During the last twelve months, employment in the Washington Metropolitan Division increased by 28,700 jobs. The private sector added 28,000 jobs, while the public sector gained 700 jobs. Educational and health services reported the greatest year-over growth, up 10,000 jobs. Six other private sector industries posted year-over job gains: financial activities (up 4,400 jobs); mining, logging, and construction (up 5,000 jobs); leisure and hospitality (up 8,200 jobs); professional and business services (up 3,000 jobs); manufacturing (up 300 jobs) and information (up 1,000 jobs). Trade, transportation, and utilities recorded the greatest year-over downturn, down 3,800 jobs. One other private sector industry posted a year-over job loss:  other services (down 100 jobs).

Washington Metropolitan Statistical Area Explanations

Estimated Labor Force and Employment for the Washington-Arlington-Alexandria, DC-VA-MD-WV Metropolitan Division includes: The District of Columbia, Virginia Cities of Alexandria, Fairfax, Falls Church, Fredericksburg, Manassas, and the Virginia Counties of Arlington, Clarke, Fairfax, Loudon, Prince William, Spotsylvania, Stafford, and Warren County; the Maryland Counties of Calvert, Charles, and Prince Georges; and the West Virginia County of Jefferson.

The estimates for the Washington-Arlington-Alexandria, DC-VA-MD-WV Metropolitan Statistical Area will be the summation of the estimates for the Washington-Arlington-Alexandria, DC-VA-MD-WV Metropolitan Division (contained in this release) and the Bethesda-Gaithersburg-Frederick, MD Metropolitan Division (to be released by the Maryland Department of Labor, Licensing and Regulation).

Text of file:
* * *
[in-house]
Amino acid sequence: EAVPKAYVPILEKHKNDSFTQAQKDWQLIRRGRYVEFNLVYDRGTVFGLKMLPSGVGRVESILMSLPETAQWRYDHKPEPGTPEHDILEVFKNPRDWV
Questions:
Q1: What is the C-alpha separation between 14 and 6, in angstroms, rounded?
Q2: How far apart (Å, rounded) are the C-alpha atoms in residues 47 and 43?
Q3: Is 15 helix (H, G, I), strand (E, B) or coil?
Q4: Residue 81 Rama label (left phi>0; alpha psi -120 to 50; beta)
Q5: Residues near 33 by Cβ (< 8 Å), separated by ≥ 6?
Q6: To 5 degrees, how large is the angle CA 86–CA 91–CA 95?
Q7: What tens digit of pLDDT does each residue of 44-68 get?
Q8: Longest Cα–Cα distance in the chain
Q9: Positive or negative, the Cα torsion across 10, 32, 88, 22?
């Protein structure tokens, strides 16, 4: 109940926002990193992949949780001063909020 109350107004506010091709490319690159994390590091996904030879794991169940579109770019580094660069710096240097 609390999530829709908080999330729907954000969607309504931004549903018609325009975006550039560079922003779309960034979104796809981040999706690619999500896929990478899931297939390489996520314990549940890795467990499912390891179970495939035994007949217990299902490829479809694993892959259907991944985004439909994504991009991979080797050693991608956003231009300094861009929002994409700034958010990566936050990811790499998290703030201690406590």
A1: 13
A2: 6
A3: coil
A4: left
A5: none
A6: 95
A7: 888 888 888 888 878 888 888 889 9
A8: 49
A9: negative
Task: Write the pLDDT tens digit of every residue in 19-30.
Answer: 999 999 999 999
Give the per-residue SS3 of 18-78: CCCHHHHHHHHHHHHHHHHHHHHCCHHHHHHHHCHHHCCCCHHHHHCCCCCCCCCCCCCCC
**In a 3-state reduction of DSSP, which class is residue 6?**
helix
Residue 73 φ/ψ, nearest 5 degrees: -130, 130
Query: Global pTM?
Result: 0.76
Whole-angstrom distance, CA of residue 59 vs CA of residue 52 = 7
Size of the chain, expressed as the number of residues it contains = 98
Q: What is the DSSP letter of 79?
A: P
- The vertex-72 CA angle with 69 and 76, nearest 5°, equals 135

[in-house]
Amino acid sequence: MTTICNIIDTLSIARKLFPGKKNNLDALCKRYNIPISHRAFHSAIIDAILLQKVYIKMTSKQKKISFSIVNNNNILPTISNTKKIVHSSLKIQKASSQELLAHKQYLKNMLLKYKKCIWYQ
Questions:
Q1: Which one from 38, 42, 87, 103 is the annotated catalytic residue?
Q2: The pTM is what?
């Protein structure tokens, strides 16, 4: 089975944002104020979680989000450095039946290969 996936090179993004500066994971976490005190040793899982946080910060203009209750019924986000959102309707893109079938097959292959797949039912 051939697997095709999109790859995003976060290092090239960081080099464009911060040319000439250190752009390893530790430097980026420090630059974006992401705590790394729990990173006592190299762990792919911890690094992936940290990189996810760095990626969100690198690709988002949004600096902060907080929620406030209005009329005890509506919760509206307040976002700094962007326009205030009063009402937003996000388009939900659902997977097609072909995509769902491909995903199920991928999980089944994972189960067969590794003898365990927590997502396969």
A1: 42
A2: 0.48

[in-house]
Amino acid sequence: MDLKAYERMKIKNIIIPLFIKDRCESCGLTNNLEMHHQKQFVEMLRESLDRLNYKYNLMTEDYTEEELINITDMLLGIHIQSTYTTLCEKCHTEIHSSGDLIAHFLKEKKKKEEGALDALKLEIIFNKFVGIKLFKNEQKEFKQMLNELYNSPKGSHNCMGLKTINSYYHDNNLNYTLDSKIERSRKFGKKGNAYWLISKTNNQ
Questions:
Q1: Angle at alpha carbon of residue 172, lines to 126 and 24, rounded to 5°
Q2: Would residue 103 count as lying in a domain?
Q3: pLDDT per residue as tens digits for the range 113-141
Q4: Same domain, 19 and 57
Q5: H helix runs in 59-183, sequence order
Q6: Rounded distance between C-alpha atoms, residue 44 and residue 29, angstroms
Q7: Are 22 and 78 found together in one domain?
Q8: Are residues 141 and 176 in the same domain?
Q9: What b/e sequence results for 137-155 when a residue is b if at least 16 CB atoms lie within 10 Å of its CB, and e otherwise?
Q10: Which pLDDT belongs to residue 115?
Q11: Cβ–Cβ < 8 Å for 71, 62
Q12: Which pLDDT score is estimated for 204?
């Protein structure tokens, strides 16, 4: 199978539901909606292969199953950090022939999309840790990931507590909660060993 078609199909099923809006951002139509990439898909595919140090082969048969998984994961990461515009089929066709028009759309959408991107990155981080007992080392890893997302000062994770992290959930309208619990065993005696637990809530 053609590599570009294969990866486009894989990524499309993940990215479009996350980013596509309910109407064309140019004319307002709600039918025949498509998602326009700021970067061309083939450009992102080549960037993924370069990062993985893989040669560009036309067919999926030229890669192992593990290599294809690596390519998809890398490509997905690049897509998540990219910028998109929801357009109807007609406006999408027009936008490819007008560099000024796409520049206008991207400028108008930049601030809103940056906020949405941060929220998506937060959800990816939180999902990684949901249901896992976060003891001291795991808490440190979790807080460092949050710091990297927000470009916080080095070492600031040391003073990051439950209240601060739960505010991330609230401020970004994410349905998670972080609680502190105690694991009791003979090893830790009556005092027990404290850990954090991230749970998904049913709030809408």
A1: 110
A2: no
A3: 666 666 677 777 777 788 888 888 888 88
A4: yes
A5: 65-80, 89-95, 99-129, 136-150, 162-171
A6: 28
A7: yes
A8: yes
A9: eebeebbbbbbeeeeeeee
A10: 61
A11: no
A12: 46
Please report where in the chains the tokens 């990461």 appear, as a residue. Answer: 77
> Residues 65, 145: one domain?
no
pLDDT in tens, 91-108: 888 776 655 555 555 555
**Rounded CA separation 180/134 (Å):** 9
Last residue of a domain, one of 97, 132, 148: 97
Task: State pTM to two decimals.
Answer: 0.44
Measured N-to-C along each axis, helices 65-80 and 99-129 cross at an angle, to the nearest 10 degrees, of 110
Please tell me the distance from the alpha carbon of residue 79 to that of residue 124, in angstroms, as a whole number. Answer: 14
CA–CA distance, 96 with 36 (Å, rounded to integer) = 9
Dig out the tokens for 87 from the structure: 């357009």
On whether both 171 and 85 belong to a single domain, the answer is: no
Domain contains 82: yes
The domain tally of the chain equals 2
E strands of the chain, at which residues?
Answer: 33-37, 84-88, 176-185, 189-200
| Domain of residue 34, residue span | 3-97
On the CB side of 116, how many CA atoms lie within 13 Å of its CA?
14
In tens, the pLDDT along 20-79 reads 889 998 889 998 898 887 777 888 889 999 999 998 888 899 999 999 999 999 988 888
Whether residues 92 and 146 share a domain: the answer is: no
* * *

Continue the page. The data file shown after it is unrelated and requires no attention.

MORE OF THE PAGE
Data reflects the 2011 annual benchmark revisions.

Announcement: Changes to the Procedures for Producing Current Employment Statistics (CES) State Estimates

Production of March Preliminary Current Employment Statistics Data

The production of State and metropolitan area Current Employment Statistics (CES) estimates has transitioned from State Workforce Agencies to the Bureau of Labor Statistics (BLS) with the production of preliminary estimates for March 2011.  Concurrent with this transition, the BLS will implement several methodological changes to standardize the estimation approach across States.  While these changes will reduce the potential for statistical bias in state and metropolitan area estimates, they may increase the month-to-month variability of the estimates.  More detailed information on the changes to procedures for producing CES estimates is available on the BLS Web site .